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August 19 , 2007
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Democrat & Chronicle ~ Feature Article
August 19 , 2007
Immigration rules hit farmers hard
Congress' delays on reform could hurt harvests
Diana Louise Carter
To learn more
About Angelo Mancuso's documentary, American Harvest, or about local screenings, go to www.americanharvestmovie.com.
(August 19, 2007) — If this year is like others, the sounds of droning cicadas and buzzing bees in local apple orchards will soon be supplanted by the cadence of Spanish speech and Jamaican accents as migrant workers arrive to pick the upstate New York apple crop.
The harvest requires about 8,000 temporary workers each year, according to James Allen, president of the New York Apple Association. And those workers typically come from south of the U.S. border.
But apple farmers are worrying that the only sound they'll hear in their orchards this fall will be the "thunk" of overripe apples dropping to the ground.
Many farmers blame a growing farm labor shortage on a dramatic increase in immigration enforcement actions at the same time that tougher national security measures have slowed to a crawl foreign workers' attempts to gain legal employment.
As a result, the foreign workers who weed our vegetables, tend our grapevines and apple trees, harvest our produce and milk our cows are increasingly being deported or scared away by immigration agents.
"There's an acute crisis going on with labor," said Bob King, director of the Agriculture and Life Sciences Institute at Monroe Community College.
Farmers and agencies that represent farming interests are making dire predictions about the consequences of failing to reform immigration policies. A national immigration reform bill failed to gain support in Congress this summer, perhaps prolonging the problem.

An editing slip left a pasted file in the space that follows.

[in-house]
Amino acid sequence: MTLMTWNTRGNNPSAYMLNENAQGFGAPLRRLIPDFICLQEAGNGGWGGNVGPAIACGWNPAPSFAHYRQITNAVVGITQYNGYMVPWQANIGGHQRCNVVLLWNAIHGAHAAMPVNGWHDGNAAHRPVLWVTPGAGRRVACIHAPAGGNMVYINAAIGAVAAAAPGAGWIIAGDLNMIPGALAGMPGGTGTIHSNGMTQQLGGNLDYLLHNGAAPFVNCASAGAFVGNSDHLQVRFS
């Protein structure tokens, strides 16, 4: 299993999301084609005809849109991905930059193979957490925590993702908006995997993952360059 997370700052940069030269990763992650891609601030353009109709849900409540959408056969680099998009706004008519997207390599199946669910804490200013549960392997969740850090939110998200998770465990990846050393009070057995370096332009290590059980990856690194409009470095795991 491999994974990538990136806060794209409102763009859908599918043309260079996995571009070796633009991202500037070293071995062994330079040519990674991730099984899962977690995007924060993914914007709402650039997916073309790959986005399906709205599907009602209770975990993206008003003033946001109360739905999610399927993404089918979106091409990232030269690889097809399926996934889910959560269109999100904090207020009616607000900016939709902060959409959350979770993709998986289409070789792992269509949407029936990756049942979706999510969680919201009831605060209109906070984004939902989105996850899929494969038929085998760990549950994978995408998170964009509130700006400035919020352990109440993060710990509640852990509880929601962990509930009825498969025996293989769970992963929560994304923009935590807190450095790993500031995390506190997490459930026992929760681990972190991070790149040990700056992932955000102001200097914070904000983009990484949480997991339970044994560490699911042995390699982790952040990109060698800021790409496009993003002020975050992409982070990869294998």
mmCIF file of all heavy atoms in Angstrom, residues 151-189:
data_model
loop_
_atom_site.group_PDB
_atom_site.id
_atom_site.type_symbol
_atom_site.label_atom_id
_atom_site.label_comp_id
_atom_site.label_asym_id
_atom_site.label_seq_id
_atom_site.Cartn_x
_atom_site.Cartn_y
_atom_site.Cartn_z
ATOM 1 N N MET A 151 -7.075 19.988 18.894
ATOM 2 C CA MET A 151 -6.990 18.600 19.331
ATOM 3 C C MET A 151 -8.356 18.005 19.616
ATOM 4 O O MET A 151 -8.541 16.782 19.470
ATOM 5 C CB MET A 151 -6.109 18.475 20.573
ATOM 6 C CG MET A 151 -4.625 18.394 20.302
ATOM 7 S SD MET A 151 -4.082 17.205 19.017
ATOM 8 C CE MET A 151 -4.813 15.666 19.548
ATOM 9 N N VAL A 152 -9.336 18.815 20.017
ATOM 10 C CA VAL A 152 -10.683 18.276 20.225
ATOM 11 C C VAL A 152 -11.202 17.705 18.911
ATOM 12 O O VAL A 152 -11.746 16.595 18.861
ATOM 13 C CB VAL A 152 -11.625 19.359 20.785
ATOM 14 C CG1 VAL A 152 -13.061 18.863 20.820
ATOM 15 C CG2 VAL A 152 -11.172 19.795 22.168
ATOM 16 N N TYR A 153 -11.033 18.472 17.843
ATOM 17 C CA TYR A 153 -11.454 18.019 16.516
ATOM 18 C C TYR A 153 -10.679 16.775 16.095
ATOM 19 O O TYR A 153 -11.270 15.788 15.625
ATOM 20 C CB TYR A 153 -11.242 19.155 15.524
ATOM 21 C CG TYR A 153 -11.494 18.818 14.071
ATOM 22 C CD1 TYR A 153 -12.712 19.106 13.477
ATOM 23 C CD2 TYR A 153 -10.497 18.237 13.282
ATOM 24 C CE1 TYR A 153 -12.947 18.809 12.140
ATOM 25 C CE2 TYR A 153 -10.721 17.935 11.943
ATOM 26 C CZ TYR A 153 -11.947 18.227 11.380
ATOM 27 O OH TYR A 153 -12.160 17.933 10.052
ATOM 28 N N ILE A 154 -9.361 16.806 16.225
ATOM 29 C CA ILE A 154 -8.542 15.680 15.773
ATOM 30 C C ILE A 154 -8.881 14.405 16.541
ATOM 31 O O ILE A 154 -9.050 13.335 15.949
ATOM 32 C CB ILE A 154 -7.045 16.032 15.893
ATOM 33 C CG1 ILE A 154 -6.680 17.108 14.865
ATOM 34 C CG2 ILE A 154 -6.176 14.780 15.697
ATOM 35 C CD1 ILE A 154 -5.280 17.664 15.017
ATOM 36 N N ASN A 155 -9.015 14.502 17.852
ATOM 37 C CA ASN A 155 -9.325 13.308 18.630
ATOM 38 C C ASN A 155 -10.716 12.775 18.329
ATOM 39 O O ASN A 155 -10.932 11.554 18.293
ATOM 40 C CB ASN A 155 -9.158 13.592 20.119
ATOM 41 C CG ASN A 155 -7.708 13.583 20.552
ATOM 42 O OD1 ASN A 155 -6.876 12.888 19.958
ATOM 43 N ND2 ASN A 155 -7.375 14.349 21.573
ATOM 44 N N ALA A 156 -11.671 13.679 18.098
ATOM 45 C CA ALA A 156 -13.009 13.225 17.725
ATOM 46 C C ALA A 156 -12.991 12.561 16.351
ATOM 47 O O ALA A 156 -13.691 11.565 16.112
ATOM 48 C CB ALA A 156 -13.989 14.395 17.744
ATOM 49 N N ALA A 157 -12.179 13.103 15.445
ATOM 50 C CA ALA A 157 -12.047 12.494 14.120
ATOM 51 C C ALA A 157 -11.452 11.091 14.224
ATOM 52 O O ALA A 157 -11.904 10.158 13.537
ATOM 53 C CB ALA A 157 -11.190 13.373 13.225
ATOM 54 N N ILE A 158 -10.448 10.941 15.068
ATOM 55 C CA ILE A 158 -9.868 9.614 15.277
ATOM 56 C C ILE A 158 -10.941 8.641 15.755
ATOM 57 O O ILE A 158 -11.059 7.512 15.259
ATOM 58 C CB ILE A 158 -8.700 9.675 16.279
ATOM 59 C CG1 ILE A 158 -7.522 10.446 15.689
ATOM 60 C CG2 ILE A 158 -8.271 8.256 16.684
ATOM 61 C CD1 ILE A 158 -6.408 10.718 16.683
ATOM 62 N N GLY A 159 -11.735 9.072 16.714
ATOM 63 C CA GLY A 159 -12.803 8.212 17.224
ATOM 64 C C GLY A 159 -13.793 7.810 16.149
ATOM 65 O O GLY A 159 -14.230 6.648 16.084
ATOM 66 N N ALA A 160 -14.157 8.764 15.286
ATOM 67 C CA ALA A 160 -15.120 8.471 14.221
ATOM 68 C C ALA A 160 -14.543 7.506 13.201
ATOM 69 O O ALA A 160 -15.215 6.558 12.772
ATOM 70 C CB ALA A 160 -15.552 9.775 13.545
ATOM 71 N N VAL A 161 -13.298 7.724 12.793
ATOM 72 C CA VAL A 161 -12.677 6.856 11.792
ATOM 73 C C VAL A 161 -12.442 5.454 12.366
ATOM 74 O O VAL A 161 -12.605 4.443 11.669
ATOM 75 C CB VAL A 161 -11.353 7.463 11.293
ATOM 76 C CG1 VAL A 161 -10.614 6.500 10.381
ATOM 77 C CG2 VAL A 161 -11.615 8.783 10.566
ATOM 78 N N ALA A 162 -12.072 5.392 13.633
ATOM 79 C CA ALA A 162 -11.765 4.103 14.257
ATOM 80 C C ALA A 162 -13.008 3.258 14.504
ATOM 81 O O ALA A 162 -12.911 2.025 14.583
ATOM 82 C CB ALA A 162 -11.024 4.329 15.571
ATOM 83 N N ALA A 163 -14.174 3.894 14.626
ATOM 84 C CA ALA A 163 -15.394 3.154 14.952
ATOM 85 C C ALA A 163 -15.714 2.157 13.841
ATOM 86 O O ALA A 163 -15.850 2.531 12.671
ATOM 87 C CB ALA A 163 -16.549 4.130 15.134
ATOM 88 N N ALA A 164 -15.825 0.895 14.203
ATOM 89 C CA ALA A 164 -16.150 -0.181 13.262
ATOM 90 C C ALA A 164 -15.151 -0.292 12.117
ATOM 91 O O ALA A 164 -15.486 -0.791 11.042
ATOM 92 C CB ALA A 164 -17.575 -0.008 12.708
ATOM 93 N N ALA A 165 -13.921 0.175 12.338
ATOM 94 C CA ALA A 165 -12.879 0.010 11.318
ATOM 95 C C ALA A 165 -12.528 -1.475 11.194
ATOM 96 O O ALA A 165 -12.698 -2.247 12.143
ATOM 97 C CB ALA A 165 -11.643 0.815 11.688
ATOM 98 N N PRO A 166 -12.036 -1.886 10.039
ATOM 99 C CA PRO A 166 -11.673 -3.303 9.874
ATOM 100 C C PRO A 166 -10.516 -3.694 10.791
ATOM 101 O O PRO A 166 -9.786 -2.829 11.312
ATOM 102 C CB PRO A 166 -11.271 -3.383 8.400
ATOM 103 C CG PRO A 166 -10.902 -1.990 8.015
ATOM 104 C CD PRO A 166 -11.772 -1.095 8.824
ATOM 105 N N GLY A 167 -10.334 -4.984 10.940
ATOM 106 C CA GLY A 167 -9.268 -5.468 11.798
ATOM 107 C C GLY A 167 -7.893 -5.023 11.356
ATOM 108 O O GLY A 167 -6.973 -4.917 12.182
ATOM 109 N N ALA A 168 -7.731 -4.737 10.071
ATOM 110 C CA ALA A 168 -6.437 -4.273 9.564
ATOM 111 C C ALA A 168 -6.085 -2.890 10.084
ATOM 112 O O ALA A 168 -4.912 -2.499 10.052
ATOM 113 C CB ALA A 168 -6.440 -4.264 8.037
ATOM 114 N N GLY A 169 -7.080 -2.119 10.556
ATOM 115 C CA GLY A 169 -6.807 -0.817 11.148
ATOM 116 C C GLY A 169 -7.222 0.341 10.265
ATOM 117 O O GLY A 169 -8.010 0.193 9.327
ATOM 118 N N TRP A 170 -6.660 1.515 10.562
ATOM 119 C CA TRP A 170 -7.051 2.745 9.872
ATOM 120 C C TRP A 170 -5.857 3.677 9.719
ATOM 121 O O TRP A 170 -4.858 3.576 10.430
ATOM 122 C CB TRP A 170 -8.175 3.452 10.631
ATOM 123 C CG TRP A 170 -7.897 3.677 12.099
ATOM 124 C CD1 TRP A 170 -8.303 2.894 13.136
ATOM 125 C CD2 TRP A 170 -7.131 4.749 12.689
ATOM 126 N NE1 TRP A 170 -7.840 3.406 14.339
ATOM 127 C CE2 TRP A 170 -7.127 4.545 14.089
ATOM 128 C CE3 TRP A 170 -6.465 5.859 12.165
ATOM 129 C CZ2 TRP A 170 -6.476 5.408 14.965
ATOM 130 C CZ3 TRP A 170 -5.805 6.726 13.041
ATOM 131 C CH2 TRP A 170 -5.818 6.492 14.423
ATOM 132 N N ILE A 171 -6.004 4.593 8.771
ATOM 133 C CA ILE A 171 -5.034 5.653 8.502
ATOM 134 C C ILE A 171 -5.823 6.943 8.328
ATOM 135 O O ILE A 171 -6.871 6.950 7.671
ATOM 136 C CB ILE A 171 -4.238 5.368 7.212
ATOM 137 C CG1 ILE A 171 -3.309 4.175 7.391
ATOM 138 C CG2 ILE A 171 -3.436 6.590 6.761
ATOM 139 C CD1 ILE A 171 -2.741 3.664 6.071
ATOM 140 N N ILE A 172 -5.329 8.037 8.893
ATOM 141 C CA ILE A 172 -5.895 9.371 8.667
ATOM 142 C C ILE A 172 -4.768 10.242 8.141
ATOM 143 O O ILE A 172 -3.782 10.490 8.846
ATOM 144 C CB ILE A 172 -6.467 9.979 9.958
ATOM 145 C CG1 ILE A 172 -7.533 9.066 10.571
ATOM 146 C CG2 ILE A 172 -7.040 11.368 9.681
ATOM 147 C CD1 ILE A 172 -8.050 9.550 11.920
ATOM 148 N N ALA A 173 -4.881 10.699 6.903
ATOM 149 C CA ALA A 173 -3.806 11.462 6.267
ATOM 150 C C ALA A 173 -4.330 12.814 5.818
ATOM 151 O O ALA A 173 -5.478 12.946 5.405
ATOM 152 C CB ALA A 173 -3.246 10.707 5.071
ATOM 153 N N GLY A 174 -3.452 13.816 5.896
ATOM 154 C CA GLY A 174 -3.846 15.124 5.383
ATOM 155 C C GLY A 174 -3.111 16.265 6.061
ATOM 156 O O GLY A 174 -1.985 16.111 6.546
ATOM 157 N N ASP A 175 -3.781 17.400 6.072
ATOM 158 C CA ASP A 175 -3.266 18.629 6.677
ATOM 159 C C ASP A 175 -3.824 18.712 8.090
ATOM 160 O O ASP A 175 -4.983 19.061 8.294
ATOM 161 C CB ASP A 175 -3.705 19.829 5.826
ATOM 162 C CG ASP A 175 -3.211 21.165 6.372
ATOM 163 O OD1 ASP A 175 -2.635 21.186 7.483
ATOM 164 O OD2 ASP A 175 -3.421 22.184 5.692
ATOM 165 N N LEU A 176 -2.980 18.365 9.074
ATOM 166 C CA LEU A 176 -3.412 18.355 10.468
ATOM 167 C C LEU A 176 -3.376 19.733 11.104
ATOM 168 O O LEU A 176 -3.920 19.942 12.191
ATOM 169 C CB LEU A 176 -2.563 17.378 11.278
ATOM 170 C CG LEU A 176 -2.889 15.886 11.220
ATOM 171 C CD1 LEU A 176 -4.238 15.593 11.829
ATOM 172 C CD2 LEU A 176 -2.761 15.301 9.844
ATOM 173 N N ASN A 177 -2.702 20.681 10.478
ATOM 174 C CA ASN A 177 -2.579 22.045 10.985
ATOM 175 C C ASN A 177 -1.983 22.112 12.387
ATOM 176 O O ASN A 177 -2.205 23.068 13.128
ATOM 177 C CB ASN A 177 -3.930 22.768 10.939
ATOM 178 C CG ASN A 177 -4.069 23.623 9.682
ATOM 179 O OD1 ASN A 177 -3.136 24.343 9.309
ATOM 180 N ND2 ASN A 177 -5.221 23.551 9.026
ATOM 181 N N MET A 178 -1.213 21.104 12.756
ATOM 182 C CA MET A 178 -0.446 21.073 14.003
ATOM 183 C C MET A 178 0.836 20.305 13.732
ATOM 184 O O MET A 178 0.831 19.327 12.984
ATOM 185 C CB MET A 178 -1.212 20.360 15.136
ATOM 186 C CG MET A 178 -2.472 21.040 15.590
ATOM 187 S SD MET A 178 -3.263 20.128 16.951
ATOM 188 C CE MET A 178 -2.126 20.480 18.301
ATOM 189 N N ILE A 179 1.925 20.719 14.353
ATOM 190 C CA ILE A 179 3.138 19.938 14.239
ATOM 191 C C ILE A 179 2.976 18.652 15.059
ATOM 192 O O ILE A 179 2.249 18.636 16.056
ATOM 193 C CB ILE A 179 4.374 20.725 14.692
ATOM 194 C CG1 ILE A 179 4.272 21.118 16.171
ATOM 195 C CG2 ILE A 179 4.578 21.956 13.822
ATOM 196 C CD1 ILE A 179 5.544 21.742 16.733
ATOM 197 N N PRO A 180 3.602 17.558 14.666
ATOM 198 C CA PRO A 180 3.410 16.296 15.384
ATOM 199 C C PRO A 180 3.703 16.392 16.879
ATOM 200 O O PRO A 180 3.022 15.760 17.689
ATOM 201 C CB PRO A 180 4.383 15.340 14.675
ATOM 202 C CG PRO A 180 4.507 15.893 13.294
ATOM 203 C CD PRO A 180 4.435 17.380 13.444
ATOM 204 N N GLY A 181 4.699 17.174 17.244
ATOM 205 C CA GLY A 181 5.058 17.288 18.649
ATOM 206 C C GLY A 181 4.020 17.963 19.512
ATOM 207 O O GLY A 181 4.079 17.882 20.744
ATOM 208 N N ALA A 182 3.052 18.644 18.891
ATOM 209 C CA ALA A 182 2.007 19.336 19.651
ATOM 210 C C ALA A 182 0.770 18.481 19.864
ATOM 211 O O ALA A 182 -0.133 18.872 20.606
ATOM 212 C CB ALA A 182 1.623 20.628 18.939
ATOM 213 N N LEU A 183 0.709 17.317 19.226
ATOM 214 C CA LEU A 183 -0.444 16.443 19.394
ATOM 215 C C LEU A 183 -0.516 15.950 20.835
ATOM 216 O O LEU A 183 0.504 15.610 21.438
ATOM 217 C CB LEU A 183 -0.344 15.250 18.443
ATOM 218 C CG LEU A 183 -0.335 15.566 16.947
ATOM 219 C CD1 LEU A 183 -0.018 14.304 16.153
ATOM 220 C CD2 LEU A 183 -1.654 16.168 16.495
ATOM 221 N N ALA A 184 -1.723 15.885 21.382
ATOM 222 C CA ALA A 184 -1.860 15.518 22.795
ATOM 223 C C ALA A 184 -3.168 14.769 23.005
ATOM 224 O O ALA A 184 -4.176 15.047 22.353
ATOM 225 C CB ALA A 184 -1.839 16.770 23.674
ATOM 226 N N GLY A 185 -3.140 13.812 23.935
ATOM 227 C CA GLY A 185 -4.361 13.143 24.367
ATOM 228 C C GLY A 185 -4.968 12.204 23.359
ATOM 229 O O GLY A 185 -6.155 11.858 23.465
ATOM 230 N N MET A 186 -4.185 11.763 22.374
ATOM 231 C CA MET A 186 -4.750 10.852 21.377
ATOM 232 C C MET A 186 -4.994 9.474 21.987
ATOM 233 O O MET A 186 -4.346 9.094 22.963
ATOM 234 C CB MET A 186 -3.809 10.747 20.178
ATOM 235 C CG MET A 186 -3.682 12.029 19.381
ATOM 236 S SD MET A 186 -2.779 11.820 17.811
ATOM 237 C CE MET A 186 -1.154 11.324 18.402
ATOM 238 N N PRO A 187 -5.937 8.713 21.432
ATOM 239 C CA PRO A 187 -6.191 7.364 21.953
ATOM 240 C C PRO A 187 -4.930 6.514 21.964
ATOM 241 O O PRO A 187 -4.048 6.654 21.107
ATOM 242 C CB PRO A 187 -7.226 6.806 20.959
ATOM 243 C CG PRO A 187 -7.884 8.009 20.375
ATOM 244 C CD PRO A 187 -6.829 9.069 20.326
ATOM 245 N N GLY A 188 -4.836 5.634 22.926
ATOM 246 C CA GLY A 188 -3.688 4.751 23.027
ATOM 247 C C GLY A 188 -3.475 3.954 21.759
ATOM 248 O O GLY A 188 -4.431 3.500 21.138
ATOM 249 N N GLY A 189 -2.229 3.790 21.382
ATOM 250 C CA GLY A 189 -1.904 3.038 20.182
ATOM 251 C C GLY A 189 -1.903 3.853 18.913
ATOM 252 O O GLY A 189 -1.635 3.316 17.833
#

"Without a work force here to harvest the fruits and vegetables, western New York will be a disaster area," said Cliff Demay, a farm labor broker in Williamson, Wayne County.
Farm Credit Associations of New York, an organization of agricultural lenders, predicted that 900 New York farmers will go out of business in the next two years, representing a $195 million loss in production if the federal government doesn't find a way to allow foreign farmworkers to cross into the United States legally and work without fear of deportation.
Many of the estimated 1.5 million undocumented farmworkers nationwide have sought citizenship or legal alien worker status, but the federal government can take years to process their requests or grant extensions to legal permits.
Filimon Ramirez, a year-round worker at Teeple Farms in Huron, Wayne County, said it took him four or five years and about $5,000 to obtain legal working status from the federal government.
"I really worked very hard," Ramirez said, adding that he was lucky not to be arrested or deported before he earned his legal papers. Most foreign farmworkers are taking similar risks.
"Eighty percent of our food source is picked by someone with a questionable document," said Rochester filmmaker Angelo Mancuso, who has made a documentary on migrant workers in America. Despite pay of $8.50 to $20 an hour, local residents aren't stepping forward to take these farm jobs. Farmers report no reaction to ads they take out in local shopping news weeklies or other publications.
Agriculture "is the basis of our upstate and overall state economy," Allen said. "If agriculture in New York fails, it will bring down the whole economy of New York."